Whaikaha – Ministry of Disabled People

Brand development for the world’s first government ministry for disabled people.

Image of girl with Williams Syndrom looking at camera, elbows on table, relaxed pose. She has long, brown, wavey hair. The image fades on the right to a purple background, on which sits the Whaikaha logo. The Whaikaha tohu design, depicting rata interwoven rata vines sits at the top right of the image, in gold colour.

Creating the brand identity for the world’s first ministry for disabled people, Whaikaha, was a massive priviledge and challenge. With the most diverse range of audience needs imaginable, our journey saw us expand what we thought possible in inclusive design.

  • Brand identity development
  • Brand design system development
  • Cultural messaging and design development
  • Collateral design
  • Photography library development
The Whaikaha whakatauaki sits on a light mustard background with the Whaikaha tohu design sitting to the left of it.
The Whaikaha logo graphic sits on a purple background. The logo graphic consists of two sets of 4 vertical lines, each starting parallel at the base and as they head upwards, the set of 4 lines on teh left crosses over the set of 4 lines on the right, before the both continue their parallel journey upwards, stopping a short way above the cross over point.

Along with the diverse range of accessibility needs, a big consideration was the needs of whaikaha Māori – disabled Māori – and establishing a way for this ministry to engage in a culturally-inclusive manner, based on the core principles of Te Tiriti o Waitangi.

We developed whakatauāki to reflect the idea of two groups (disabled communities and the Ministry) growing together to stand strong in the warmth of the sun. Tohu design then brought this message to life visually.

Our logo graphic is a succinct version of the tohu design and its core message.

Another world-first for the Whaikaha – Ministry of Disabled People is the sign-language version of the brand identity, which is accessed through video, by way of QR code woven in to optional logo structures.

Image of a range of design explorations including colour choices that explare colour blindness and contrast, imagery usage and approaches to typography and type style, all designed to help enable accessibility.
Image of a range of design explorations including colour choices that explare colour blindness and contrast, imagery usage and approaches to typography and type style, all designed to help enable accessibility.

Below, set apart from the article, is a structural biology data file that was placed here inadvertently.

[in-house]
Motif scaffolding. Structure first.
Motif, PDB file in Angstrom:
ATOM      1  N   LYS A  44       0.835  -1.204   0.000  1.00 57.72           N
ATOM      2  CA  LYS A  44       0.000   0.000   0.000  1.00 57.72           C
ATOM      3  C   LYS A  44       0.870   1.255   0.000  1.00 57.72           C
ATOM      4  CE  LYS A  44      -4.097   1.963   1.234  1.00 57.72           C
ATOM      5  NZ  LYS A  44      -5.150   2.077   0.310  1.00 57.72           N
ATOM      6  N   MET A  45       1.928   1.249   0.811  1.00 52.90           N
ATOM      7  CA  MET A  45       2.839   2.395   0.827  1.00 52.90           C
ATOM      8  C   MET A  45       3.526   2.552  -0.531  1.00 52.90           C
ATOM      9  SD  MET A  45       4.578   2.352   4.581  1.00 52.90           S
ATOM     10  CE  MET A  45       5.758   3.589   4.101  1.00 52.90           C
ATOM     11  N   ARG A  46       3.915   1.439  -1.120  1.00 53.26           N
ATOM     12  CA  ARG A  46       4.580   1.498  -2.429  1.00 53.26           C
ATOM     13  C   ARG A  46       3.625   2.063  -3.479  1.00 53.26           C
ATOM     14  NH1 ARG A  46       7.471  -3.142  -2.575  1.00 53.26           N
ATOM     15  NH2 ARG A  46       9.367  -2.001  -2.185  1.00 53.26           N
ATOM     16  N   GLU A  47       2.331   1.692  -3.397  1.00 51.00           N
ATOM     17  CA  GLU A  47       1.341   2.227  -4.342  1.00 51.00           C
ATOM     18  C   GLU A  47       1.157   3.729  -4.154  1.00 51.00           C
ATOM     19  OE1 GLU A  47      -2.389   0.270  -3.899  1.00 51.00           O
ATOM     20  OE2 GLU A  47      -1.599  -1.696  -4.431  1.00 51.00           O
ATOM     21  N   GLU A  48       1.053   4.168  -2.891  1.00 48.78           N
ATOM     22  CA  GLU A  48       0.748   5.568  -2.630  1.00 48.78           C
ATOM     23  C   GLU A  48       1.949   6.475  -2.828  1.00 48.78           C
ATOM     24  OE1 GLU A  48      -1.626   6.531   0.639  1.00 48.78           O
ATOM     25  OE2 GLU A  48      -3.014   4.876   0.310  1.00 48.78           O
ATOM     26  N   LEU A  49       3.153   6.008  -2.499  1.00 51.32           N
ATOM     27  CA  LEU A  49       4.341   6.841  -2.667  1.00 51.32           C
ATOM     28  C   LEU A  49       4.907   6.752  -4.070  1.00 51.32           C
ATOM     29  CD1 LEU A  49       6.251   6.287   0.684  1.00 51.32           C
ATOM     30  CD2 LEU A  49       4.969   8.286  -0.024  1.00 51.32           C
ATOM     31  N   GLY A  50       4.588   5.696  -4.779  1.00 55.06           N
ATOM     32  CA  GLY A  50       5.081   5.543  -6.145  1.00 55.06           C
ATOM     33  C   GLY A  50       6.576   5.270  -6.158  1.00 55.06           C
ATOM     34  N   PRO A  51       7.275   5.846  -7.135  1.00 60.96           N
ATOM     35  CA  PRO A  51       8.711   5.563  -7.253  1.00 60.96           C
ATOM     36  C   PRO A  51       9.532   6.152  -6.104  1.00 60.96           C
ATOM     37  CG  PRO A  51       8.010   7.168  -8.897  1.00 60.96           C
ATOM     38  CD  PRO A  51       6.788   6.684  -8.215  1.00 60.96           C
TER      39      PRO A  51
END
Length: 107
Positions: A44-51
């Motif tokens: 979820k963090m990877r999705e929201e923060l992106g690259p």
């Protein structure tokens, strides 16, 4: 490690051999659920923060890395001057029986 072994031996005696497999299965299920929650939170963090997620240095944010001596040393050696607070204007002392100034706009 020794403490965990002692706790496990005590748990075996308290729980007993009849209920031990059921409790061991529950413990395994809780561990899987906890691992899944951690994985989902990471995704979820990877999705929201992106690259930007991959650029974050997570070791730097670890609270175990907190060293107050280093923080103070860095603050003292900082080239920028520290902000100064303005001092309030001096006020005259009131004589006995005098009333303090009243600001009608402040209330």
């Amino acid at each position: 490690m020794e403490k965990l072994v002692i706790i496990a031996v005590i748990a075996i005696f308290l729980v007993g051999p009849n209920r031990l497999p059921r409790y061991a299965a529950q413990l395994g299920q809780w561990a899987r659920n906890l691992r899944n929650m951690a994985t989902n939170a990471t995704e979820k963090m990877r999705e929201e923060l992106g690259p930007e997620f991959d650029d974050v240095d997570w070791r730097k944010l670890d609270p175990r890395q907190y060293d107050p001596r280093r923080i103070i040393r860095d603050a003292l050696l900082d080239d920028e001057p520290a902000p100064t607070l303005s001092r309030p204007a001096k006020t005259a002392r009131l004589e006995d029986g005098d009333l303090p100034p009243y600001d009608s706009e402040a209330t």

In our initial stages of design development, we explored a wide range of accessibility considerations, including our approach to cultural visual language as well as practical design considerations, such as our approach to colour (colour blindness and colour contrast requirements), exploring the world’s most readable fonts, and approaches to use of imagery. Our aim was to create a design system that combined the needs of optimal aesthetic appeal and inclusive, accessible functionality.

Image of the front cover of the 2023 Whaikaha Annual Report. The cover consists of a large Whaikaha logo graphic with document title "2023 Pūrongō ā-tau - Annual Report" at the top of the page and the Whaikaha and NZ Government logos at the bottom of the page.
Designs for two Whaikaha message cards sit on a mustard coloured background. The cards contain a range of shapes, including squares, circles, and triangles, in a range of colours including blue, purple, dark teal and mustard. Running through the shapes, as if to bind them together, is the Whaikaha tohu graphic in a light tint shade. The card on the left side also the has the Whaikaha whakatauaki written on it.
Whaikaha website home page in desktop screen format

The Whaikaha website was brought to life by the team at AKQA, who interpreted the design system beautifully for the digital environment.

Optimal digital accessibility standards underpinned the entire website experience, from desktop to mobile site formats.

Whaikaha website "get started" page on mobile phone screen
Whaikaha website "Have your say" page on mobile phone screen

Our collective learnings have influenced much of our work since this project began and made us realise that the real beauty in design is not just in its form, but also in its function and how many people can access and enjoy it. It has also made us realise just how much opportunity our entire industry has to consider the needs of our communities with diverse needs.

Image of Somaon man sitting in wheelchair, doing dance with his hands, to camera

“The work we did was quite controversial and fast paced. It needed intellectual rigour around accessibility and creative expression for disabled people. Stephen was very humble, demonstrated his research and made my job super easy.”

Victoria Smith

Business Development Unit, Whaikaha – Ministry of Disabled People